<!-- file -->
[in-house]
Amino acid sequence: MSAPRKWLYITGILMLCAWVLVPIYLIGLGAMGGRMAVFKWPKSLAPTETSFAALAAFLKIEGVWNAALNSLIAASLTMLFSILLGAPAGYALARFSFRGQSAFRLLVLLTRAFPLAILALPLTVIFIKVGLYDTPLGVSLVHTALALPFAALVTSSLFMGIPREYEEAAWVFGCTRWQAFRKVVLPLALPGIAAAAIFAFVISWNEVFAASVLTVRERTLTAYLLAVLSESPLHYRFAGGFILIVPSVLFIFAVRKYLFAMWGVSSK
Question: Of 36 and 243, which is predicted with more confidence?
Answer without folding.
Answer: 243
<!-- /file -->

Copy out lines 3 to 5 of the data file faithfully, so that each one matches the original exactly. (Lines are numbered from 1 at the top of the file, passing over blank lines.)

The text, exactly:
Question: Of 36 and 243, which is predicted with more confidence?
Answer without folding.
Answer: 243